Eight persons from five institutions in different countries carried out polymerizations of aniline following the same preparation protocol. In a "standard" procedure, aniline hydrochloride was oxidized with ammonium peroxydisulfate in aqueous medium at ambient temperature. The yield of polyaniline was higher than 90 % in all cases. The electrical conductivity of polyaniline hydrochloride thus prepared was 4.4 ± 1.7 S cm-1 (average of 59 samples), measured at room temperature. A product with defined electrical properties could be obtained in various laboratories by following the same synthetic procedure. The influence of reduced reaction temperature and increased acidity of the polymerization medium on polyaniline conductivity were also addressed. The conductivity changes occurring during the storage of polyaniline were monitored. The density of polyaniline hydrochloride was 1.329 g cm-3. The average conductivity of corresponding polyaniline bases was 1.4 x108 S cm-1, the density being 1.245 g cm-1. Additional changes in the conductivity take place during storage. Aging is more pronounced in powders than in compressed samples. As far as aging effects are concerned, their assessment is relative. The observed reduction in the conductivity by ~10 % after more than one-year storage is large but, compared with the low conductivity of corresponding polyaniline (PANI) base, such a change is negligible. For most applications, an acceptable level of conductivity may be maintained throughout the expected lifetime.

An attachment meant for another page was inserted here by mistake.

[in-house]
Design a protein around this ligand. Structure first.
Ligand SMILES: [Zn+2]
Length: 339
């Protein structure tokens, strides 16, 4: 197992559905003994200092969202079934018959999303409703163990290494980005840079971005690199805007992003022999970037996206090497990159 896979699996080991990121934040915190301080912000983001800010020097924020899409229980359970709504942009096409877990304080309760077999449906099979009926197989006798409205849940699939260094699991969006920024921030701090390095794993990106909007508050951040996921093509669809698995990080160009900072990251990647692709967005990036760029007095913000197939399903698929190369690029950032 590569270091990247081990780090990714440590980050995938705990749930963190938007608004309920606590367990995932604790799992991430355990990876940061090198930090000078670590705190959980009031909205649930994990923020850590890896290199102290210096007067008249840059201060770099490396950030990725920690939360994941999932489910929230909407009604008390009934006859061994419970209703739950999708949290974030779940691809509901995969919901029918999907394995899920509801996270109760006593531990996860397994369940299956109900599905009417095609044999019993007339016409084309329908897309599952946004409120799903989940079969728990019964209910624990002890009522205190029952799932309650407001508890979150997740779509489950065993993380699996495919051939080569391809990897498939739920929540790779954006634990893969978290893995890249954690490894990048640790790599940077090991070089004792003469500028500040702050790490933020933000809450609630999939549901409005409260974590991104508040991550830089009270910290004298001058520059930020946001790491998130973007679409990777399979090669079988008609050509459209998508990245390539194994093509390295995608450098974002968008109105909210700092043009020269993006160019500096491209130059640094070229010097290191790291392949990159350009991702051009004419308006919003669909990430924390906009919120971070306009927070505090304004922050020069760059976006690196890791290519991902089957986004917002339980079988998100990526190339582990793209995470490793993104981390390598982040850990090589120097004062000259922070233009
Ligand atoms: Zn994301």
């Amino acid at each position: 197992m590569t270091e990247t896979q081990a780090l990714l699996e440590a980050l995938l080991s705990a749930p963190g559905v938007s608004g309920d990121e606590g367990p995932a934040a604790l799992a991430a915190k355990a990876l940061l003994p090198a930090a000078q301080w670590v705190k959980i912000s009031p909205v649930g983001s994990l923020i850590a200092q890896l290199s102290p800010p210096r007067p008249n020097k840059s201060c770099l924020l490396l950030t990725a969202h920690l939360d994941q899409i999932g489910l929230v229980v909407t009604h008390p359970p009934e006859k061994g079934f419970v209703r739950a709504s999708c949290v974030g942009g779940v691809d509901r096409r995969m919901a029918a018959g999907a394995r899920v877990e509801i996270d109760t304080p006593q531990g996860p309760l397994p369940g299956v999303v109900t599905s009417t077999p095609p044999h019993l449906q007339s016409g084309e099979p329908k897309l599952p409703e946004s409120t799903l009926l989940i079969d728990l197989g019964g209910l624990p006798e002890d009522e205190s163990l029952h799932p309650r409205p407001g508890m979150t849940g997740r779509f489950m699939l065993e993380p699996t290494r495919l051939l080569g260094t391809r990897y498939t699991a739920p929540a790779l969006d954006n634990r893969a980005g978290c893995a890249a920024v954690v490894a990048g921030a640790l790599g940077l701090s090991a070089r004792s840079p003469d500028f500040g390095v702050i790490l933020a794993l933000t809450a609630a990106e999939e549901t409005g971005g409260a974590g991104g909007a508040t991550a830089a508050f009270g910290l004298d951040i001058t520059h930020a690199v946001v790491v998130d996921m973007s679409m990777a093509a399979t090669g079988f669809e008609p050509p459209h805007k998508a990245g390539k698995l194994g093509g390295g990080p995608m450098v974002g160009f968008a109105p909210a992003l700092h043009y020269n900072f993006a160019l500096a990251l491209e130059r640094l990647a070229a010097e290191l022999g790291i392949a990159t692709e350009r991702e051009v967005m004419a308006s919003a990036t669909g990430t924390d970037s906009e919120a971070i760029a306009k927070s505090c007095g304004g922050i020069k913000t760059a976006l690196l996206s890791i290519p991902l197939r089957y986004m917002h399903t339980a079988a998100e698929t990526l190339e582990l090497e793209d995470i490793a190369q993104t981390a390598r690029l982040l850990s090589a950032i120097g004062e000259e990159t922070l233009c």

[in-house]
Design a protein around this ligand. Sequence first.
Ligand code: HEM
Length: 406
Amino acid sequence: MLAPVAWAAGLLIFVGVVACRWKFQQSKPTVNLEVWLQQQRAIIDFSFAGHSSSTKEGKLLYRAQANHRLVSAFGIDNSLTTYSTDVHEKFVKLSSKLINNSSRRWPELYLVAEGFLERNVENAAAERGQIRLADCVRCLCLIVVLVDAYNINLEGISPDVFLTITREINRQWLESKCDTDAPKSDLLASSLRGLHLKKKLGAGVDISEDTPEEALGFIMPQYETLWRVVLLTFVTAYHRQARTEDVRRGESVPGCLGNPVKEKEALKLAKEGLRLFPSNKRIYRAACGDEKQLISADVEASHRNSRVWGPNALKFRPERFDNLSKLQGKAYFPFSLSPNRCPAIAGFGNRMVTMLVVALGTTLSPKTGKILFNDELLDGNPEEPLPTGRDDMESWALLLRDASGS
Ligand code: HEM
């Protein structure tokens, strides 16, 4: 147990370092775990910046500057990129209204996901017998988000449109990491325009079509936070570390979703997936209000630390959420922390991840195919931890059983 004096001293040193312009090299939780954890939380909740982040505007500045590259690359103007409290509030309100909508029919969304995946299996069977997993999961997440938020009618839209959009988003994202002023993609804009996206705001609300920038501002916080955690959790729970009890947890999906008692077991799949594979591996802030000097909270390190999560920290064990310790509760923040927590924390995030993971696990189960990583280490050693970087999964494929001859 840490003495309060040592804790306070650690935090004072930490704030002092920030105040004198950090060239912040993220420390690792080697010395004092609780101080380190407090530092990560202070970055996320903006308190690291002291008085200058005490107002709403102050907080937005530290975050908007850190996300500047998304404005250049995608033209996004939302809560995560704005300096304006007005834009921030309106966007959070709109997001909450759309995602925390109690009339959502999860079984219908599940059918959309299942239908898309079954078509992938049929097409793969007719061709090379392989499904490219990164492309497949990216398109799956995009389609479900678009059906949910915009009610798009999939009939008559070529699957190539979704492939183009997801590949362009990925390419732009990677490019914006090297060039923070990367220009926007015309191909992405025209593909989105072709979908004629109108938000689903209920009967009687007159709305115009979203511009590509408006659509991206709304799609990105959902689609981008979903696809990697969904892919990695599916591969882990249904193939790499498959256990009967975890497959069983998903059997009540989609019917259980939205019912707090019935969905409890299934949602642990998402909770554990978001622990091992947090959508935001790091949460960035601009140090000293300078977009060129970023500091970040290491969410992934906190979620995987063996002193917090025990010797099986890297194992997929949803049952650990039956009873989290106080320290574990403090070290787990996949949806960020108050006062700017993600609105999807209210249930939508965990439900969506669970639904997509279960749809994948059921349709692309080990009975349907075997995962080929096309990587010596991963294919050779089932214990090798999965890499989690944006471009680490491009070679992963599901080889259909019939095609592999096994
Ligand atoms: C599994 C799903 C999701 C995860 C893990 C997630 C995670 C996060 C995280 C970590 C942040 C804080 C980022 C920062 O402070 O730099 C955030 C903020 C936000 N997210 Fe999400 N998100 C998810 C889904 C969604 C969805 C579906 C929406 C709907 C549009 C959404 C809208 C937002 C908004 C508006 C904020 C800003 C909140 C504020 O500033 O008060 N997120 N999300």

Anti-HIV-1 broadly neutralizing antibodies (bnAbs) have been developed as potential agents for prevention of HIV-1 infection. The HIV Vaccine Trials Network and the HIV Prevention Trials Network are conducting the Antibody Mediated Prevention (AMP) trials to assess whether, and how, intravenous infusion of the anti-CD4 binding site bnAb, VRC01, prevents HIV-1 infection. These are the first test-of-concept studies to assess HIV-1 bnAb prevention efficacy in humans.
The AMP trials are two parallel phase 2b HIV-1 prevention efficacy trials conducted in two cohorts: 2700 HIV-uninfected men and transgender persons who have sex with men in the United States, Peru, Brazil, and Switzerland; and 1500 HIV-uninfected sexually active women in seven countries in sub-Saharan Africa. Participants are randomized 1:1:1 to receive an intravenous infusion of 10 mg/kg VRC01, 30 mg/kg VRC01, or a control preparation every 8 weeks for a total of 10 infusions. Each trial is designed (1) to assess overall prevention efficacy (PE) pooled over the two VRC01 dose groups vs. control and (2) to assess VRC01 dose and laboratory markers as correlates of protection (CoPs) against overall and genotype- and phenotype-specific infection.
Each AMP trial is designed to have 90 % power to detect PE > 0 % if PE is ≥ 60 %. The AMP trials are also designed to identify VRC01 properties (i. e., concentration and effector functions) that correlate with protection and to provide insight into mechanistic CoPs. CoPs are assessed using data from breakthrough HIV-1 infections, including genetic sequences and sensitivities to VRC01-mediated neutralization and Fc effector functions.
The AMP trials test whether VRC01 can prevent HIV-1 infection in two study populations. If affirmative, they will provide information for estimating the optimal dosage of VRC01 (or subsequent derivatives) and identify threshold levels of neutralization and Fc effector functions associated with high-level protection, setting a benchmark for future vaccine evaluation and constituting a bridge to other bnAb approaches for HIV-1 prevention.